At noon on April 6, Lampasas County Judge Dr. Randy Hoyer said he received word from Lampasas County Health Authority Dr. Georgia Hay that the county has its second confirmed case of COVID-19.
The first case was confirmed last week, and the patient reportedly was a female in her 40s who was "doing well" as of Friday, Hay said. The county's press release, posted online on April 6, said the second patient "is a female in her 50s who resides at the same household as the first confirmed case."
"She is not hospitalized and is at her residence in self-quarantine," the press release continued. "Health authorities are reporting that the next two weeks could show a significant increase in cases of COVID-19 throughout the United States, including Texas. As citizens and residents of Lampasas County, it is imperative that we adhere to the Shelter In Place Order, continue social/physical distancing, and wash your hands frequently. Please follow these and all recommendations from the CDC.
"Working together, we will prevail!" Hoyer said. "God bless you and our country."
Last week, a City of Lampasas press release said the first confirmed case occurred in the eastern part of the county, and there had not been confirmed cases yet within the City of Lampasas.
“We knew this day would come, and want to remind our residents to continue to be vigilant to limit any possible future exposures,” stated Lampasas Fire Chief Jeff Smith.
“There is no question, the steps that were put in place over 10 days ago, and the actions of our residents and businesses, have made a big difference in delaying the spread of the virus in Lampasas,” Lampasas Mayor Misti Talbert said. “It is a source of great pride seeing our community come together for this fight.”
The City Council extended its Emergency Declaration through April 30.
Texas Governor Greg Abbott issued an executive order March 31 extending "social distancing" mandates through April 30, with exceptions for some "essential services," including religious services, although he encourged congregations to use remote telework when possible. Public schools are closed to in-person classes at least until May 4.
:Lampasas County Judge Dr. Randy Hoyer issued a similar countywide "shelter-in-place" order.
Some provisions of Abbott's March 31 order were very similar to an order he previously issued, which was scheduled to end April 3. His newer order recognizes religious services as an essential service. The order states, however, that "all services should be provided through remote telework from home unless they are essential services that cannot be provided through remote telework. If religious services cannot be conducted from home or through remote services, they should be conducted consistent with the Guidelines from the President and the CDC by practicing good hygiene, environmental cleanliness, and sanitation, and by implementing social distancing to prevent the spread of COVID-19."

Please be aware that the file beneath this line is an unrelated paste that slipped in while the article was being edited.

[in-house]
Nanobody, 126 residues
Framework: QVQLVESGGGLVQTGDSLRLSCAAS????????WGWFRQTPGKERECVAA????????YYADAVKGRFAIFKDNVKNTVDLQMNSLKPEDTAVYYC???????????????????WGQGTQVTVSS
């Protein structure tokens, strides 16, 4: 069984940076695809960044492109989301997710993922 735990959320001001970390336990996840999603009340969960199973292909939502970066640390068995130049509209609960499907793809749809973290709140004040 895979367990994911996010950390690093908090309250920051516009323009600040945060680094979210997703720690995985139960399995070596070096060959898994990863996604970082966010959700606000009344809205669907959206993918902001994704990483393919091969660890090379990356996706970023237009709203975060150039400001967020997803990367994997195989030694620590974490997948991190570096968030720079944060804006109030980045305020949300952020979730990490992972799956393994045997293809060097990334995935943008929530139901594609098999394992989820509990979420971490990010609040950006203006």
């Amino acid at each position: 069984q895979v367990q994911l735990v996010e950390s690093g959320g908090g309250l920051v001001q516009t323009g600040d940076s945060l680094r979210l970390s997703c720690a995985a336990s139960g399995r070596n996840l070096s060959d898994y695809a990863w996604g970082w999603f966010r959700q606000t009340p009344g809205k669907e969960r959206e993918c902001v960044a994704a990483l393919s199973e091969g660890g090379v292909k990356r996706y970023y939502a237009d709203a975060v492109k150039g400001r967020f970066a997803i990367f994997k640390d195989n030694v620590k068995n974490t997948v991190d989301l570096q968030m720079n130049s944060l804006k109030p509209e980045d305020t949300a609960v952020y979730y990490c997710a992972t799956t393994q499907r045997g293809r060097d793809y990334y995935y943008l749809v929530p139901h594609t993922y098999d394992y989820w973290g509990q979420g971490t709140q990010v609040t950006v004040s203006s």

Restaurants and bars remain closed to on-premises dining and drinking, but drive-thru, pickup and delivery options for food and drinks is highly encouraged.
The order "does not prohibit people from accessing essential services or engaging in essential daily activities, such as going to the grocery store or gas station, providing or obtaining other essential services, visiting parks, hunting or fishing, or engaging in physical activity like jogging or bicycling, so long as the necessary precautions are maintained to reduce the transmission of COVID- 19 and to minimize in-person contact with people who are not in the same household."
During the school closure, Lampasas ISD and Lometa ISD are offering free meals and instruction which is to be completed off-campus.
UIL has not announced a permanent cancelation of the spring sports season, but games are canceled at least until May 4.
COVID-19 CASES AND DEATHS
AS OF APRIL 6 AT 2:15 P.M.
Texas deaths: 140
Texas cases: 7,276
The number of recoveries
in Texas was not available at
U.S. deaths: 10,389
U.S. recoveries: 18,999
U.S. cases: 352,546
Worldwide deaths: 73,703
Worldwide cases: 1,309,439
Sources: National and world
stats are from the Centers for
Disease Control. State statistics
are from the Texas Department
of State Health Services.